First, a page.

Chris Impey

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Christopher David Impey
Chris Impey, Astronomer.jpg
Chris Impey
Born (1956-01-25) 25 January 1956 (age 61)
Edinburgh, Scotland, United Kingdom
Residence Tucson, Arizona, United States
Fields Astronomy, observational cosmology, education
Institutions University of Arizona, California Institute of Technology, University of Hawaii
Alma mater University of London (BSc)
University of Edinburgh (PhD)[1]
Holland Park High School

Christopher David Impey (born 25 January 1956) is a British astronomer, educator, and author. He has been a faculty member at the University of Arizona since 1986. Impey has done research on observational cosmology, in particular low surface brightness galaxies, the intergalactic medium, and surveys of active galaxies and quasars. As an educator, he has pioneered the use of instructional technology for teaching science to undergraduate non-science majors. He has written many technical articles and a series of popular science books: The Living Cosmos, How It Ends, How It Began, Dreams of Other Worlds, and Humble Before the Void. He served as Vice-President of the American Astronomical Society, he is a Fellow of the American Association for the Advancement of Science, and a Howard Hughes Medical Institute Professor.

Biography[edit]

Impey was born in Edinburgh, Scotland, and spent his childhood mostly in New York and London, attending 11 schools. He got a 1st class honours BSc in Physics at Imperial College of Science and Technology, part of the University of London, in 1977. After an internship working on a neutrino calorimeter at CERN under Jack Steinberger, he went to the University of Edinburgh for graduate school in astronomy. He earned a PhD under the supervision of Drs. Peter Brand and Ray Wolstencroft in 1981.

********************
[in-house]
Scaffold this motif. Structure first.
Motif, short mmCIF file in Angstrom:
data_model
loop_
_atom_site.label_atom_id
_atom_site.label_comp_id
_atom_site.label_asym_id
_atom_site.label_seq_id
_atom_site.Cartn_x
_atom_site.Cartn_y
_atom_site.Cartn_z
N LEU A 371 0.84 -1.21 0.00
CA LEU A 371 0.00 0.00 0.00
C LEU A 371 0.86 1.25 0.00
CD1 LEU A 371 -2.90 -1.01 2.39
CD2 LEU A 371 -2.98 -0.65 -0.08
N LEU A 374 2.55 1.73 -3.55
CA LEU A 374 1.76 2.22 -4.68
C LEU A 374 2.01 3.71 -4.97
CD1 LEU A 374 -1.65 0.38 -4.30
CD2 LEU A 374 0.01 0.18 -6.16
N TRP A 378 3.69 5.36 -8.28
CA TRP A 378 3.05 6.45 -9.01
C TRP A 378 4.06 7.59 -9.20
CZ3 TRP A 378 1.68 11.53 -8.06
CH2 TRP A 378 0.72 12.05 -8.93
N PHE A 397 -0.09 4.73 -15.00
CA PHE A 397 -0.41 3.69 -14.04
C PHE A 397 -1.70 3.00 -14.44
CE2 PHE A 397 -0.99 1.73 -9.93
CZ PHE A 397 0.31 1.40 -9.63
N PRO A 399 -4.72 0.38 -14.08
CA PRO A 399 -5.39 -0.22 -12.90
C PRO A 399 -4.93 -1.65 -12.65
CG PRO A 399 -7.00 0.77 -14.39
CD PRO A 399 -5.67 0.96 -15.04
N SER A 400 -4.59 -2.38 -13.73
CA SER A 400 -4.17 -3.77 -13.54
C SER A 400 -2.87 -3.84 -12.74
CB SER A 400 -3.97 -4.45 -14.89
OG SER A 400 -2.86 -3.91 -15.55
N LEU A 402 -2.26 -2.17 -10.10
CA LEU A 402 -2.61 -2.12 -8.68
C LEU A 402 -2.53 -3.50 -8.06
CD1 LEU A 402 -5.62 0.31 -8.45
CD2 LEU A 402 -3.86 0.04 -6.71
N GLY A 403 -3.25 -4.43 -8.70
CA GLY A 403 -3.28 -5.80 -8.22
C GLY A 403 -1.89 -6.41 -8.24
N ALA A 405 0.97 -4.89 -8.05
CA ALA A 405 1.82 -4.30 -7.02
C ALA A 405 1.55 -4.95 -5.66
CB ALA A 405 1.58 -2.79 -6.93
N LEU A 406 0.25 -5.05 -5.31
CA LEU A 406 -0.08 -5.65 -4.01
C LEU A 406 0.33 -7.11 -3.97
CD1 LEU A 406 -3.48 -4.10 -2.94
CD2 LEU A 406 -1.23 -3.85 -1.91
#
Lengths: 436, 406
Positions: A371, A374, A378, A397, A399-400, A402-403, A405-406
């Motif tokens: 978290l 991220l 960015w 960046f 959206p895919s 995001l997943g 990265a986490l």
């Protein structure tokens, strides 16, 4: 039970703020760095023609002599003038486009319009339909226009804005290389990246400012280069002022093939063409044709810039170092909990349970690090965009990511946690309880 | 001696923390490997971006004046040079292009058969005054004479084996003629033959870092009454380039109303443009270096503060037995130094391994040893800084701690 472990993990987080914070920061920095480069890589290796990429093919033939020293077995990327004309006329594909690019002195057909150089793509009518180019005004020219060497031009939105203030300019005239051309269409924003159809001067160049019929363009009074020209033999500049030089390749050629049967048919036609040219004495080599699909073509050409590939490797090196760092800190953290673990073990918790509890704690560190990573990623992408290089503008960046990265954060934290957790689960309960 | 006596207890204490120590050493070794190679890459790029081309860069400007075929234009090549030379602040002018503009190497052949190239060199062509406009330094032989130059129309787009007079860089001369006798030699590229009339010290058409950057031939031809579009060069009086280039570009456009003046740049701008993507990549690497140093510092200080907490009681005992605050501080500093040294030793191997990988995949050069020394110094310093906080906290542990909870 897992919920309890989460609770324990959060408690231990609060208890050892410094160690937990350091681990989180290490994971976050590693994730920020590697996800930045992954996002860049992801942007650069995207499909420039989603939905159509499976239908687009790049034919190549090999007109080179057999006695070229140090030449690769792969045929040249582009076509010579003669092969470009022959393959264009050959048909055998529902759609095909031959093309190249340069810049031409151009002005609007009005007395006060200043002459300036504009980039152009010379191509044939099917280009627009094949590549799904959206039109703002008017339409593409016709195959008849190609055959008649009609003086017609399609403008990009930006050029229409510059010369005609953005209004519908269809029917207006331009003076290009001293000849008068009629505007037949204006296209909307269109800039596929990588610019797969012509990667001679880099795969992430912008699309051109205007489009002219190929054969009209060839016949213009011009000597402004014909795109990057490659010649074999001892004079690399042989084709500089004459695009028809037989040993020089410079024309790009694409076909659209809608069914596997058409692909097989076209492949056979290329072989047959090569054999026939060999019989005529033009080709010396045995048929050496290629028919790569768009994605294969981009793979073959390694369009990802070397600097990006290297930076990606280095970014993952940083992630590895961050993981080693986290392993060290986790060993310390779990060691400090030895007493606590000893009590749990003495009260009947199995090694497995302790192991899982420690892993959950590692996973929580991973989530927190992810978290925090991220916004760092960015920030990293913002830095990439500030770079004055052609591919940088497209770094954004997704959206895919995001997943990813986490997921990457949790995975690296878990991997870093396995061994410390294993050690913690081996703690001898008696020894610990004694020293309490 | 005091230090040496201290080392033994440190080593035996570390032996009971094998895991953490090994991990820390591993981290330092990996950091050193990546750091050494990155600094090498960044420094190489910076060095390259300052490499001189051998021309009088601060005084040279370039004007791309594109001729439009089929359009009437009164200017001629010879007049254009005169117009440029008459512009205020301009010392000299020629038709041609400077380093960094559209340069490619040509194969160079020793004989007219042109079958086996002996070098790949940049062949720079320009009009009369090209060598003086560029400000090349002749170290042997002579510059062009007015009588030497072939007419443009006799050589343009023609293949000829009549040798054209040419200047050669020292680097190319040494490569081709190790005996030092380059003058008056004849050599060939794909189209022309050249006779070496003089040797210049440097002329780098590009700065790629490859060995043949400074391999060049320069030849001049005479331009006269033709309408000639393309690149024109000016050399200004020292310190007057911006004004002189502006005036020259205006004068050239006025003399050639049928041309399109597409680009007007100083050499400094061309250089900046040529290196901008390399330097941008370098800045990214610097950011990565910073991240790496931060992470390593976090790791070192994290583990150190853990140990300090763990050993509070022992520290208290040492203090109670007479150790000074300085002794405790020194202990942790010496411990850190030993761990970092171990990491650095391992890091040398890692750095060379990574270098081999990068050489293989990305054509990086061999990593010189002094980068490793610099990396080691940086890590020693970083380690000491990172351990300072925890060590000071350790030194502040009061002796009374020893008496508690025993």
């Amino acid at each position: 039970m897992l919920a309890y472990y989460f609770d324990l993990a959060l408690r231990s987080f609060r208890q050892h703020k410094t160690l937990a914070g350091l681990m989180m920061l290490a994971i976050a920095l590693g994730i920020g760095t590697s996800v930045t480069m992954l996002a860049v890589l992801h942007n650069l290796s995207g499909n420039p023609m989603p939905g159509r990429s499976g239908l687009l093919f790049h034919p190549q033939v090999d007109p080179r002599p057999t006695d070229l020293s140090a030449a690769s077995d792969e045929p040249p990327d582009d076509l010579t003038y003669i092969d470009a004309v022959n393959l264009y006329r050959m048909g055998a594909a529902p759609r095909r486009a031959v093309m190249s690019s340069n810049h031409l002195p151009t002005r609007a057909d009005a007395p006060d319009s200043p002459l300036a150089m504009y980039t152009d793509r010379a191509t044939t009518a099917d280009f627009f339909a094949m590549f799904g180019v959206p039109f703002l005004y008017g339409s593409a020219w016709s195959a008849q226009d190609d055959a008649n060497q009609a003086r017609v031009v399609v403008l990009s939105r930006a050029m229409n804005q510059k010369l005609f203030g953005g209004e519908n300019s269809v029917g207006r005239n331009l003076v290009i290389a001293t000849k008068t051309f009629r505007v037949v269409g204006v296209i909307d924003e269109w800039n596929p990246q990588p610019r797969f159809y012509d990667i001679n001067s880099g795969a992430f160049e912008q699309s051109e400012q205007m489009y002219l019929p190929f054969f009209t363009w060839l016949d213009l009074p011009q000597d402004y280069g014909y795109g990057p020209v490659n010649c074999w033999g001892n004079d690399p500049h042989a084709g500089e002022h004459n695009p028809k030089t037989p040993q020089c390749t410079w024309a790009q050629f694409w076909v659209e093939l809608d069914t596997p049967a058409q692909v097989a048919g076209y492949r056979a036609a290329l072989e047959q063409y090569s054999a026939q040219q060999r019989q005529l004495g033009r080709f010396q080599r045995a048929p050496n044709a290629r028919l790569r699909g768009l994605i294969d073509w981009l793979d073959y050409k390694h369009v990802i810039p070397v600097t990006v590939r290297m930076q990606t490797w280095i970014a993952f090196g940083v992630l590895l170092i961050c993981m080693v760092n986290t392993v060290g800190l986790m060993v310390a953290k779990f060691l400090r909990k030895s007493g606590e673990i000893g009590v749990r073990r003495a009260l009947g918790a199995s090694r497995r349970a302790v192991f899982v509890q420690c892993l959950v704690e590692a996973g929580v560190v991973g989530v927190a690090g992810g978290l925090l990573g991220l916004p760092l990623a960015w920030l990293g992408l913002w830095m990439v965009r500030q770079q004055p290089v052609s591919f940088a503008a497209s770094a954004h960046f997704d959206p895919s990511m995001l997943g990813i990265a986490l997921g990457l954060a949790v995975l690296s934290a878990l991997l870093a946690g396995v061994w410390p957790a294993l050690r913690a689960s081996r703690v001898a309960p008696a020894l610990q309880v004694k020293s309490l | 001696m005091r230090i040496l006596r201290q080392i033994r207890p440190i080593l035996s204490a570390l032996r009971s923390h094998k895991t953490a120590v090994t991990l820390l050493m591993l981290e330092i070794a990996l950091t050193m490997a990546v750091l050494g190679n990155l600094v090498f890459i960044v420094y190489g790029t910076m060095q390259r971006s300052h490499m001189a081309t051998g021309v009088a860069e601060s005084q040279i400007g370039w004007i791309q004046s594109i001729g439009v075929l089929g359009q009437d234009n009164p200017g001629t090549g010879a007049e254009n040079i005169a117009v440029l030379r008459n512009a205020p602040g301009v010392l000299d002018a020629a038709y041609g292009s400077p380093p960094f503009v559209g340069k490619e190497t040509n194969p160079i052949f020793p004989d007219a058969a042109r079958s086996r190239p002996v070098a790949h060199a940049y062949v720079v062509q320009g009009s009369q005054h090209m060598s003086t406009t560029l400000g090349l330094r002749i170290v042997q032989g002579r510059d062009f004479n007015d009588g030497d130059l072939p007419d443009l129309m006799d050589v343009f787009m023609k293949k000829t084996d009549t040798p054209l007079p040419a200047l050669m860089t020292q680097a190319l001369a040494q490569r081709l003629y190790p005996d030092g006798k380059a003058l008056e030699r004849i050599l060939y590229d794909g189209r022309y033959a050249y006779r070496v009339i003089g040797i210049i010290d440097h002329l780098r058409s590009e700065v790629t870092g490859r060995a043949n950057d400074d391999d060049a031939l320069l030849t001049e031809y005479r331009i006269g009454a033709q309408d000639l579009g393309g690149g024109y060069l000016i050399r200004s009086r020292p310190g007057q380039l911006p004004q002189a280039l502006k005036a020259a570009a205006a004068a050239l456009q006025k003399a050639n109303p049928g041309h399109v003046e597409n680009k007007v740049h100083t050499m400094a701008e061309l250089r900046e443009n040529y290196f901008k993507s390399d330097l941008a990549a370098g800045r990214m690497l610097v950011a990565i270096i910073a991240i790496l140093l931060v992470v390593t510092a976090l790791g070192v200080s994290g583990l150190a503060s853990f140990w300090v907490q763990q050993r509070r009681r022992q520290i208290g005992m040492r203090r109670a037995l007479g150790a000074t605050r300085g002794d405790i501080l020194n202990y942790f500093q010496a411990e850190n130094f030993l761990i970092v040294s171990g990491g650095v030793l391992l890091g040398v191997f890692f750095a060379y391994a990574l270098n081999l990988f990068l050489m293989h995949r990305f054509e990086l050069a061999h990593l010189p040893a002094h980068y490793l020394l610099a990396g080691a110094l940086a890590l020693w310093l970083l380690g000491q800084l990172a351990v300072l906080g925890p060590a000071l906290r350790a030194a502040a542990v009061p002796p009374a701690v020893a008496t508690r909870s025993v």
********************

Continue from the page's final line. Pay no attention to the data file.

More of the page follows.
He worked at the Institute for Astronomy at the University of Hawaii from 1981 to 1983 as a UK Science Research Council/NATO Fellow, then at California Institute of Technology from 1983 to 1986 as a Weingart Fellow. Impey has been on the faculty of the Department of Astronomy/Steward Observatory at the University of Arizona since 1986, since 2000 as a University Distinguished Professor. He is Deputy Department Head in charge of academic programs, leading the nation's largest undergraduate astronomy majors program, its second largest astronomy PhD program, and one of the largest programs to teach astronomy to non-science majors.

Research[edit]

Working mostly in the fields of extragalactic astronomy and observational cosmology, Impey has over 170 refereed publications and 70 published conference proceedings. His early work was on the sub-class of active galactic nuclei called BL Lac objects, now thought to be highly luminous and variable extragalactic sources where our sightline looks nearly down the spin axis of a supermassive black hole emitting twin relativistic jets.[2] In the 1980s he was a heavy user of the first wave of large optical telescopes on Mauna Kea in Hawaii.

As a postdoc at Caltech he worked with Greg Bothun at the University of Oregon on the properties of dim and diffuse stellar systems that tend to be missing from most galaxy surveys.[3] Working with the noted Australian astrophotographer David Malin, they discovered the largest spiral galaxy known, dubbed Malin 1.[4] He also continued his thesis work on BL Lac objects, using a travelling polarimeter that toured many of the world's observatories, including Kitt Peak in Arizona, Palomar in California, Las Campanas and Cerro Tololo in Chile, Sutherland in South Africa, and the Special Astrophysical Observatory in the Caucasus region of Russia.[5]